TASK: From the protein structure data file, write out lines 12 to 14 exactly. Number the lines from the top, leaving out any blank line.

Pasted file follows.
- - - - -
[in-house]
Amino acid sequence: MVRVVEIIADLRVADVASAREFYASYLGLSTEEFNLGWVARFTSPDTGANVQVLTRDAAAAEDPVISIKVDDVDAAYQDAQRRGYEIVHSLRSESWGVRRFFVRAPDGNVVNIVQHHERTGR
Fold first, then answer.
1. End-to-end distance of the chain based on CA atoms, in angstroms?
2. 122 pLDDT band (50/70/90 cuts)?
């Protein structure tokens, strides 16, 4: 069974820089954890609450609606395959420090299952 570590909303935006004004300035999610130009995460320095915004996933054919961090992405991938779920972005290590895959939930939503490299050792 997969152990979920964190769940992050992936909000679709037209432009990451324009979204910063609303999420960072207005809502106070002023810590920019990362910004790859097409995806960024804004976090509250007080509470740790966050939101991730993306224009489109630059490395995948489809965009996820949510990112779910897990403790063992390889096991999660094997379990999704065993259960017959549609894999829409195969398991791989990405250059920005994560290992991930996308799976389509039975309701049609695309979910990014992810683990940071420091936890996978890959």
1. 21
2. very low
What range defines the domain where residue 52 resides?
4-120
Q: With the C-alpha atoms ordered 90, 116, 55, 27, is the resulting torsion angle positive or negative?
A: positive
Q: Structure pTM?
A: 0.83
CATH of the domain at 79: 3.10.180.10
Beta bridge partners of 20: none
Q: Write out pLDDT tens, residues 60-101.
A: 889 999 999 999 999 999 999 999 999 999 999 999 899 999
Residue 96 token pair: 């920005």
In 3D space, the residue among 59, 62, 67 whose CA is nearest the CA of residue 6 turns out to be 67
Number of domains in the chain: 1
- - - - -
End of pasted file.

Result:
A: positive
Q: Structure pTM?
A: 0.83